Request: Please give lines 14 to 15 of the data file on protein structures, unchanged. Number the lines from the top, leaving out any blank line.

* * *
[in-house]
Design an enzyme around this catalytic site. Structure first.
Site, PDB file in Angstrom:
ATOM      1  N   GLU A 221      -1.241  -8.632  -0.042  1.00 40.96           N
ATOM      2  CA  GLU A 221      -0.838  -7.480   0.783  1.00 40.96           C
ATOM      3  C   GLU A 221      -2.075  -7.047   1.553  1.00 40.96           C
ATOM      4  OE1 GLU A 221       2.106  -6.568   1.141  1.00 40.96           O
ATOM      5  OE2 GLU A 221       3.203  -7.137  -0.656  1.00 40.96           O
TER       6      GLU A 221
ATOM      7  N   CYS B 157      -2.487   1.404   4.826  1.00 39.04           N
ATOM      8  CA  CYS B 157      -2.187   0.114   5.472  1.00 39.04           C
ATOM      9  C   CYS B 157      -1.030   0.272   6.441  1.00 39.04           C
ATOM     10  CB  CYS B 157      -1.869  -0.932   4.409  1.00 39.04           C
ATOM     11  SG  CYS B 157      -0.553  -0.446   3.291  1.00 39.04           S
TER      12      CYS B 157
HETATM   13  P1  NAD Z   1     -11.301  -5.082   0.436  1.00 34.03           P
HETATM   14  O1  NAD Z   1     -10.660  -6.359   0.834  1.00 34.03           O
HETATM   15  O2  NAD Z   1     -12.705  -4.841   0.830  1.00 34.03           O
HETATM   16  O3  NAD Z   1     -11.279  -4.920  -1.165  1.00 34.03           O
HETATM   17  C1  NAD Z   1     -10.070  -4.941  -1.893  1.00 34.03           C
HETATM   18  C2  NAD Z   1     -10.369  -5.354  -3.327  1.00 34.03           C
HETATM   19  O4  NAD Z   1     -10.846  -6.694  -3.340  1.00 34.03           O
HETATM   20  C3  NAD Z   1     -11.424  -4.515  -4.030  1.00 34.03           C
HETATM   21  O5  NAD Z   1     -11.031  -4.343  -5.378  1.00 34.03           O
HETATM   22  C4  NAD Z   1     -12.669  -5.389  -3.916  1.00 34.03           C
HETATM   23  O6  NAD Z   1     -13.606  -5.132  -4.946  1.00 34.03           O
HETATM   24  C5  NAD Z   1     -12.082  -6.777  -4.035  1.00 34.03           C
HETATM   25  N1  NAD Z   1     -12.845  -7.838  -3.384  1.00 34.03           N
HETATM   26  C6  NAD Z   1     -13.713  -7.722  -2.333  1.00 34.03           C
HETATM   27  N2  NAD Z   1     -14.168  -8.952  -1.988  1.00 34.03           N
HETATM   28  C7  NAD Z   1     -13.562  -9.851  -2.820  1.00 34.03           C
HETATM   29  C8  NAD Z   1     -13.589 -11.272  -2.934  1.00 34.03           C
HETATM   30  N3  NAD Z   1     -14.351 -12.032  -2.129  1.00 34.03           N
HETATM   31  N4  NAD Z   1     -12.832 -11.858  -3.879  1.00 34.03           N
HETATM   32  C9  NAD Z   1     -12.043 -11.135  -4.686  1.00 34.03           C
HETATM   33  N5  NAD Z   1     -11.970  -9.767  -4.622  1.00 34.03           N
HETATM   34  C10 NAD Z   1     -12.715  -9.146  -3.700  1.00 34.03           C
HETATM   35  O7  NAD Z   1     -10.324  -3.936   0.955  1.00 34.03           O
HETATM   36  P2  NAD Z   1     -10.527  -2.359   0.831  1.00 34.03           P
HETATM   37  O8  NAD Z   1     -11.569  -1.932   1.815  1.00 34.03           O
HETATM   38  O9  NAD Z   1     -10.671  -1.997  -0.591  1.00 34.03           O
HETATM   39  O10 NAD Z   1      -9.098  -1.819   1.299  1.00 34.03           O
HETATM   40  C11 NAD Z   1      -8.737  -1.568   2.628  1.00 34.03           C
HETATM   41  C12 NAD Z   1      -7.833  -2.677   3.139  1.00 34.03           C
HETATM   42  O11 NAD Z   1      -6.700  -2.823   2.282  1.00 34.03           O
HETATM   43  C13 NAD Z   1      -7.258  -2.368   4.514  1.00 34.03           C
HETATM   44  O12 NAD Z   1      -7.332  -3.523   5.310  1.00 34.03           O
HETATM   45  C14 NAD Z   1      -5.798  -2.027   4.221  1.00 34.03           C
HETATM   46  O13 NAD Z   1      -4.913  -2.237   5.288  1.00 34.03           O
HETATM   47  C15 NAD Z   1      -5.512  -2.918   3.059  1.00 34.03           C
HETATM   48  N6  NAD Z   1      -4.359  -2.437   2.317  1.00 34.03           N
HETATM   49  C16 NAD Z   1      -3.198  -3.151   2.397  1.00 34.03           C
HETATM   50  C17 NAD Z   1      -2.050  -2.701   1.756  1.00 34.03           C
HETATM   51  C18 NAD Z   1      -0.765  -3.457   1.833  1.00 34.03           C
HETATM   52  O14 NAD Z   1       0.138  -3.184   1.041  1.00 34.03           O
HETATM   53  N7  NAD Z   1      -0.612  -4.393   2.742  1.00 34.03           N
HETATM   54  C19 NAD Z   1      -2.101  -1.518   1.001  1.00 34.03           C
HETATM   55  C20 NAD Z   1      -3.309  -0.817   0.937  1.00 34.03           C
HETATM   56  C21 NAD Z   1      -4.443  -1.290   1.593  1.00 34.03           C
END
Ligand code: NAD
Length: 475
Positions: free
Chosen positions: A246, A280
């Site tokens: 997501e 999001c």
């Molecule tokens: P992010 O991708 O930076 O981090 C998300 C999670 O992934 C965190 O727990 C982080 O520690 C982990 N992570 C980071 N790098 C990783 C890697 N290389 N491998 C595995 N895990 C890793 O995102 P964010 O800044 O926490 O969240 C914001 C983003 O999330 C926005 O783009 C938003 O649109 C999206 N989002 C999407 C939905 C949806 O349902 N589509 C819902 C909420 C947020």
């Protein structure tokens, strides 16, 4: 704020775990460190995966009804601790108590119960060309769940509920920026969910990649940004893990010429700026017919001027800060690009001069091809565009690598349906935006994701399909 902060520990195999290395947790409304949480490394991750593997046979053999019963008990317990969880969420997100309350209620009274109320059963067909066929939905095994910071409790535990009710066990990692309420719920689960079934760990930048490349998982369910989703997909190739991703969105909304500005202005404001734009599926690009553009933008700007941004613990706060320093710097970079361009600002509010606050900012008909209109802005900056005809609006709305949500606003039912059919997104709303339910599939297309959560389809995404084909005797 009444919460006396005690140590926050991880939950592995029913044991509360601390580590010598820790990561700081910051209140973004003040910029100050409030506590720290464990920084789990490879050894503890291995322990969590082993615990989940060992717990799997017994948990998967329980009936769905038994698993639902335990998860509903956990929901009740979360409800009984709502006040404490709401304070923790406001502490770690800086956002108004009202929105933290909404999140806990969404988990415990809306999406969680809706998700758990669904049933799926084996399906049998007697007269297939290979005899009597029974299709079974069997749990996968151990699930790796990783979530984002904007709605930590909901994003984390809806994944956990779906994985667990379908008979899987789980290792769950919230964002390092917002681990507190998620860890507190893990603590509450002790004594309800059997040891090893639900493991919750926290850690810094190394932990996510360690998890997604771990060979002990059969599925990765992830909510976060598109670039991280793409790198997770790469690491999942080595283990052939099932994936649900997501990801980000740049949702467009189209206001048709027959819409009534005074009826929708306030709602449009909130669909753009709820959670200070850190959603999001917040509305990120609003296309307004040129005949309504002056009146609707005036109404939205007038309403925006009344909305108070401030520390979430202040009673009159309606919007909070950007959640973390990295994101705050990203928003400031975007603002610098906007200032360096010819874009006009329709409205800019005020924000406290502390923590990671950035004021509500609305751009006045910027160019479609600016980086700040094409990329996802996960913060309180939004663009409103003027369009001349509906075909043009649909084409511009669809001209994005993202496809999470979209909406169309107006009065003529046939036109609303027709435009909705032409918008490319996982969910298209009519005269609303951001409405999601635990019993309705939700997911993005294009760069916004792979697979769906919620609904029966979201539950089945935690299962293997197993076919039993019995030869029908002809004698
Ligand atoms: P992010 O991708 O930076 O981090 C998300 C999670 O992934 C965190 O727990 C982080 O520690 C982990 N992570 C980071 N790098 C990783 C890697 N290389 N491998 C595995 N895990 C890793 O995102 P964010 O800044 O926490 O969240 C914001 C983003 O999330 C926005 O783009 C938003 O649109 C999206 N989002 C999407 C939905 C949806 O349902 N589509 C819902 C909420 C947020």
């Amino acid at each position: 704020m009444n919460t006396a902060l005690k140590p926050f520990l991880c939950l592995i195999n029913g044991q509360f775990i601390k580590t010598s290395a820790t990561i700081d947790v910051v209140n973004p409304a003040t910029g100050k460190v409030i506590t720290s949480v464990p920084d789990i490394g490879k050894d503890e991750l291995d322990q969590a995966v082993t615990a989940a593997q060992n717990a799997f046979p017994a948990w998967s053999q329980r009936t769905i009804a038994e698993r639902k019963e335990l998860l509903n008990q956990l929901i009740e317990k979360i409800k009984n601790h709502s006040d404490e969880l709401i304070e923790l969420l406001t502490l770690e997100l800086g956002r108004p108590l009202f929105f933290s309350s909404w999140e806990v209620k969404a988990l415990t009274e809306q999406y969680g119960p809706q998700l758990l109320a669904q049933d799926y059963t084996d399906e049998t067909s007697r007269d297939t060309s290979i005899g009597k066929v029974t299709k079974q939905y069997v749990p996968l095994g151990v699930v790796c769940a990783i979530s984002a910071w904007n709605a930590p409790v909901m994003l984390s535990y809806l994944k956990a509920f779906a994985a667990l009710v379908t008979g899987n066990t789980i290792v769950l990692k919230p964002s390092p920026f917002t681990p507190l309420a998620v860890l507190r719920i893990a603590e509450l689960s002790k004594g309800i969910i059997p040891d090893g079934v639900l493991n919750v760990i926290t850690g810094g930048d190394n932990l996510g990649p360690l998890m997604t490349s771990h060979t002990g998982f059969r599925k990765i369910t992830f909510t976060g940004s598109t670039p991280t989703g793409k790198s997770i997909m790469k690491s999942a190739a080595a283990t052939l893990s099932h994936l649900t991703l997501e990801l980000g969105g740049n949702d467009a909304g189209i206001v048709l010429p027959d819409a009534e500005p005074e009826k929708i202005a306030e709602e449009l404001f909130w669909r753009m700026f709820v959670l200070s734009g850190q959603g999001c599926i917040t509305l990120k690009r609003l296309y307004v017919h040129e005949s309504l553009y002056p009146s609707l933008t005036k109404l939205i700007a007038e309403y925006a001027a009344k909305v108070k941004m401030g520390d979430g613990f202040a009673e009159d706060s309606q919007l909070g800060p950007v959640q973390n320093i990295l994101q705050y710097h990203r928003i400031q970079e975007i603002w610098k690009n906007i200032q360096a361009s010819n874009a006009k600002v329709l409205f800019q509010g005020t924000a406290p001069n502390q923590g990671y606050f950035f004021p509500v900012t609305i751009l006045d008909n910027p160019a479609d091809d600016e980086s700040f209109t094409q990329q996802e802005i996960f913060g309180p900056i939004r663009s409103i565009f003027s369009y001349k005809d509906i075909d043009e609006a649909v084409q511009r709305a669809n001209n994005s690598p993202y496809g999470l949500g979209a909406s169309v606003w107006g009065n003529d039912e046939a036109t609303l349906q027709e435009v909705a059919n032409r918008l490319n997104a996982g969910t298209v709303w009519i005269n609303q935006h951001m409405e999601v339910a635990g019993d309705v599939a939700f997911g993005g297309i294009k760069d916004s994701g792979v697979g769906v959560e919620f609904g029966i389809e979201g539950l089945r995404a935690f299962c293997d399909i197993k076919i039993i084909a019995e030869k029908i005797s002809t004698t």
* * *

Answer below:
ATOM     11  SG  CYS B 157      -0.553  -0.446   3.291  1.00 39.04           S
TER      12      CYS B 157